The European Central Bank insisted Thursday that it has no power to investigate and stamp out criminal activity such as money laundering, even within its capacity as eurozone banking supervisor, a role it took over in 2014.
The ECB has found itself under fire for not taking more robust action sooner, after it recently froze payments of a Latvian bank accused of wrongdoing by US authorities.
But it pointed out Thursday that money laundering cases lie outside its jurisdiction.
"Breaches of anti-money laundering can be symptomatic of more deeply rooted governance deficiencies within a bank, but the ECB does not have the investigative powers to uncover such deficiencies," the head of the ECB's supervisory arm, Daniele Nouy, said in a statement.
"Only when such breaches have been established by the relevant national authority can the ECB take these facts into consideration for the purposes of its own tasks."
Her remarks come after the US Department of the Treasury last week named Latvian lender ABLV "an institution of primary money laundering concern" and accused it of having connections to North Korea's weapons development programme.
Latvia joined the single currency in 2014 and the ECB was obliged to suspend payments by the tiny Baltic state's third-largest bank this week to give it breathing space.
ABLV's financial health was in peril after its access to the financial system was cut off following the allegations from Washington on February 13.
At the same time, the Latvian central bank chief Ilmars Rimsevics -- who sits on the ECB governing council by virtue of his position -- was arrested on suspicion of soliciting bribes, in an unrelated case.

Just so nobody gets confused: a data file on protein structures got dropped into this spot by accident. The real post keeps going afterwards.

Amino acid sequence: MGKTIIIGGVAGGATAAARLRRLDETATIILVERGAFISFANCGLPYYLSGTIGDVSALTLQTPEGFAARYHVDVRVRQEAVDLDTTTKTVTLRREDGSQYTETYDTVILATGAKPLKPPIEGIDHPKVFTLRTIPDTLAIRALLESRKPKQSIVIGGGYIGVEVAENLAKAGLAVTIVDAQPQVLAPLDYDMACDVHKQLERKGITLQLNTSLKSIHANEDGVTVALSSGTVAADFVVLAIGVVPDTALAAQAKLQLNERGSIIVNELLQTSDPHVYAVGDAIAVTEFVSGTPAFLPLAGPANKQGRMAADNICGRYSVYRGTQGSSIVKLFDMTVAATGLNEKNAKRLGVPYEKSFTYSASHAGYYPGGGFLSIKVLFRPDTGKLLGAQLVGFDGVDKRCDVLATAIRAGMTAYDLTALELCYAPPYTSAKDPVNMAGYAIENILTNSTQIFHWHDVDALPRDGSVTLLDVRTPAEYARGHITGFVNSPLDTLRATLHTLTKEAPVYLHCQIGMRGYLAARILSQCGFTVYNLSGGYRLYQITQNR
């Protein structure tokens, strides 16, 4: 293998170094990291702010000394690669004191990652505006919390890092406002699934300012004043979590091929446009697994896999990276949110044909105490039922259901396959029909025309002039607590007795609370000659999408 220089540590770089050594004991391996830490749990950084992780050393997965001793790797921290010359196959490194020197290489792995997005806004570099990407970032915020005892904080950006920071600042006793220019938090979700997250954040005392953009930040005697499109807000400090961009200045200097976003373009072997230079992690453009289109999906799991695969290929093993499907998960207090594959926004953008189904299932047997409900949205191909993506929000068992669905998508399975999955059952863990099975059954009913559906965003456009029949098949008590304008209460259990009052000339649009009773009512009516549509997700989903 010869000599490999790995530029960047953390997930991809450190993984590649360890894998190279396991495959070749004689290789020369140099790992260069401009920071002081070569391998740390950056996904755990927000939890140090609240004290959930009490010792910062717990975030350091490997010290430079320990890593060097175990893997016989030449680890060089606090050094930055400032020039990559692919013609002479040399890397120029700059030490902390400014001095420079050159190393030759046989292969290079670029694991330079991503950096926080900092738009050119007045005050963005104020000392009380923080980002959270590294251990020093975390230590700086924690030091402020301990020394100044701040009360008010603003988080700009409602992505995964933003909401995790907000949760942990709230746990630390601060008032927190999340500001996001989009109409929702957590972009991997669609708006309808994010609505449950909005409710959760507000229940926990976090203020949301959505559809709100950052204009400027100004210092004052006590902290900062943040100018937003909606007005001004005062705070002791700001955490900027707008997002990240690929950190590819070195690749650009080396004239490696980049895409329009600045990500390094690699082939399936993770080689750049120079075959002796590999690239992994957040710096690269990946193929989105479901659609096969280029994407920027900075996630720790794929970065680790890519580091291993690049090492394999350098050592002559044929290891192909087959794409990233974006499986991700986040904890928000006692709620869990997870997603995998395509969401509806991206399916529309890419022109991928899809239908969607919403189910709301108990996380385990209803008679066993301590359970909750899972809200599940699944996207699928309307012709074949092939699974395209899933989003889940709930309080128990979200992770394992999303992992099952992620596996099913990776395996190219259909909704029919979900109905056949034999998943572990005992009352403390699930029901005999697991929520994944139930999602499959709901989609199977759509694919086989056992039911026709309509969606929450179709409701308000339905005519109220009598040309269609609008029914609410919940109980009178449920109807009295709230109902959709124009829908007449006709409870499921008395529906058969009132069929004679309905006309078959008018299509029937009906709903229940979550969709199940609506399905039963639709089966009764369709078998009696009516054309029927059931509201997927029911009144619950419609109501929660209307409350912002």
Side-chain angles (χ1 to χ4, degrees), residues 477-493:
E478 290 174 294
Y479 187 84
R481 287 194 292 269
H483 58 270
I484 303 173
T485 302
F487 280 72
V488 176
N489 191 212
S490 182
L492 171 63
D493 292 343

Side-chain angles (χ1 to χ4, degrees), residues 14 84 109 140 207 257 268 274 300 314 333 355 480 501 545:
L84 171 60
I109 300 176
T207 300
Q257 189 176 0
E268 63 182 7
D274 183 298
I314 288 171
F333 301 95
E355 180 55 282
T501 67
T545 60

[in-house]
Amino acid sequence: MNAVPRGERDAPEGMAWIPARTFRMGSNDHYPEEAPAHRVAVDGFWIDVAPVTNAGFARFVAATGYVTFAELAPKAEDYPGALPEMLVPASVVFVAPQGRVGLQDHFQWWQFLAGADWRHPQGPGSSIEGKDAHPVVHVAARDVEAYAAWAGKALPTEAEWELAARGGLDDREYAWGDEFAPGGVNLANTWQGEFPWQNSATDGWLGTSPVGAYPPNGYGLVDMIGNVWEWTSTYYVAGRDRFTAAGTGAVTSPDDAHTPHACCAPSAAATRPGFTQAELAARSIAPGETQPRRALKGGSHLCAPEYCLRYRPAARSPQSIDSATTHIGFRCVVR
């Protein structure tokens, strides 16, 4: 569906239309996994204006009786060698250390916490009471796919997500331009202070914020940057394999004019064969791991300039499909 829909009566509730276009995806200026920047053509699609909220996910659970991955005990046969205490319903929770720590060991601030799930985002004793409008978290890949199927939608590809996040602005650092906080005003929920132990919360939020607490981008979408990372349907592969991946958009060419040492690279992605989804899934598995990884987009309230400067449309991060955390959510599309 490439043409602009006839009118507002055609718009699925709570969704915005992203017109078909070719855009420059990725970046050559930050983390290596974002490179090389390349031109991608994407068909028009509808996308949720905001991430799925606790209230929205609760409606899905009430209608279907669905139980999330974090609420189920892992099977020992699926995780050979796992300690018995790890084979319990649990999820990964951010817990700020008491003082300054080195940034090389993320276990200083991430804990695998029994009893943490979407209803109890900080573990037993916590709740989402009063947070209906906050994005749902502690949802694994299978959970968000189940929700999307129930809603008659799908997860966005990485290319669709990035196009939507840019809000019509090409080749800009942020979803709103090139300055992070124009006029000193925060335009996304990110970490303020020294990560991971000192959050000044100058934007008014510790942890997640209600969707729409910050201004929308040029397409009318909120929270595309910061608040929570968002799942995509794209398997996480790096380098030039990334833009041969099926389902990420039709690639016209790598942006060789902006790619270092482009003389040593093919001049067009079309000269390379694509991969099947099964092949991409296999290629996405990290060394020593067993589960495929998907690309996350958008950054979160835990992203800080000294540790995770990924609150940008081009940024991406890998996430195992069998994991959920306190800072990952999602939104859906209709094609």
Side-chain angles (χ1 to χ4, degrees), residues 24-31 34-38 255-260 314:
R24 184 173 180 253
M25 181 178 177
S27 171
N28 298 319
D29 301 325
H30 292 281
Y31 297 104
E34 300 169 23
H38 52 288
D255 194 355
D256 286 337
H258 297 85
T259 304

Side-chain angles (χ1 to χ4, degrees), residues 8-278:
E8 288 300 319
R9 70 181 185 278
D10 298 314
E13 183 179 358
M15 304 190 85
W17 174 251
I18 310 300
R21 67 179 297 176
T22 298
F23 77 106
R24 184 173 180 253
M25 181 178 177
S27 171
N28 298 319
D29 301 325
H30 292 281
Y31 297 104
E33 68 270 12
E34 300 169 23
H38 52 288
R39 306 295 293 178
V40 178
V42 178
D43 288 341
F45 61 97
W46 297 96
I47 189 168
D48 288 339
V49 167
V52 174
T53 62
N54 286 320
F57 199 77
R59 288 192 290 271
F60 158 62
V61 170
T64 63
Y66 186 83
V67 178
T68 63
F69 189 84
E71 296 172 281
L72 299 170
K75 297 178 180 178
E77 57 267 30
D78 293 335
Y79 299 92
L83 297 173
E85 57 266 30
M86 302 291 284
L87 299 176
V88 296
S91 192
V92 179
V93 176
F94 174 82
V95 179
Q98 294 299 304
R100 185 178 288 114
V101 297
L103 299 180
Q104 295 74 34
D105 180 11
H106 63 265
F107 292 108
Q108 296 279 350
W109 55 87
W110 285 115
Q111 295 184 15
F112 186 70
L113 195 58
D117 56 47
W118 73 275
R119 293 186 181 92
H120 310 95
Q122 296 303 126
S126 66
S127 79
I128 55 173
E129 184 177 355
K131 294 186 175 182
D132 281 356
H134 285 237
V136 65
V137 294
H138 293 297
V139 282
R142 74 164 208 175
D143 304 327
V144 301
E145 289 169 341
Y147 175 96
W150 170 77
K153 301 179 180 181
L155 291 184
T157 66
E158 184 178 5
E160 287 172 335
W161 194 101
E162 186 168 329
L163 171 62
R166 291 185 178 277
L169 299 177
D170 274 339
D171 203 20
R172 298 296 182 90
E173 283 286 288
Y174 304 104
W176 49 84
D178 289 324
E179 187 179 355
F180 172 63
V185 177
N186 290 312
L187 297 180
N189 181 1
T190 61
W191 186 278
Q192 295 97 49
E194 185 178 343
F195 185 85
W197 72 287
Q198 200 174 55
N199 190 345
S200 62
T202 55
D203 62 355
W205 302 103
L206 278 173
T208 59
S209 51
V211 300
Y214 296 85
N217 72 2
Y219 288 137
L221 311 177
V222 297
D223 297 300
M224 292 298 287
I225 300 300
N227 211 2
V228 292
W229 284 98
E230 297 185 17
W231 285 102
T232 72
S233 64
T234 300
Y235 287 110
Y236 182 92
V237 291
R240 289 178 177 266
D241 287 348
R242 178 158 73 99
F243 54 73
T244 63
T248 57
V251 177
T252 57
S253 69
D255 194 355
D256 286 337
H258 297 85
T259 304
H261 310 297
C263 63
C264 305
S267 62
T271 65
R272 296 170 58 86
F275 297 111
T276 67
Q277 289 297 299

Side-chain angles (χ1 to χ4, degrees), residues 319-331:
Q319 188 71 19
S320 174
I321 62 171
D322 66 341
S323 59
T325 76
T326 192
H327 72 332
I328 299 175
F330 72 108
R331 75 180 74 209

Riga's Corruption Prevention Bureau (KNAB) has since banned Rimsevics from carrying out his duties after he refused to resign.
The two simultaneous cases are a rare challenge for the ECB, notably in its relatively new role as top eurozone banking supervisor.
Hoping to harness the central bank's strong international reputation to restore financial stability, governments added the supervisory role to its monetary policy tasks in late 2014 following years of crisis in the 19-nation single currency area.
Since then, the ECB has directly supervised more than 100 of Europe's largest and most significant banks, and worked closely with national authorities to bring supervision of smaller lenders into line.
But observers have criticised the ECB's response to the Latvian cases.
The lack of communication from top ECB officials so far "won't do," Bloomberg News wrote in an editorial on Thursday, before Nouy's statement was released.
"The ECB should acknowledge that the scandals affect its own ability to discharge its responsibilities, make clear it's following events closely, and do whatever it can to help lift this cloud."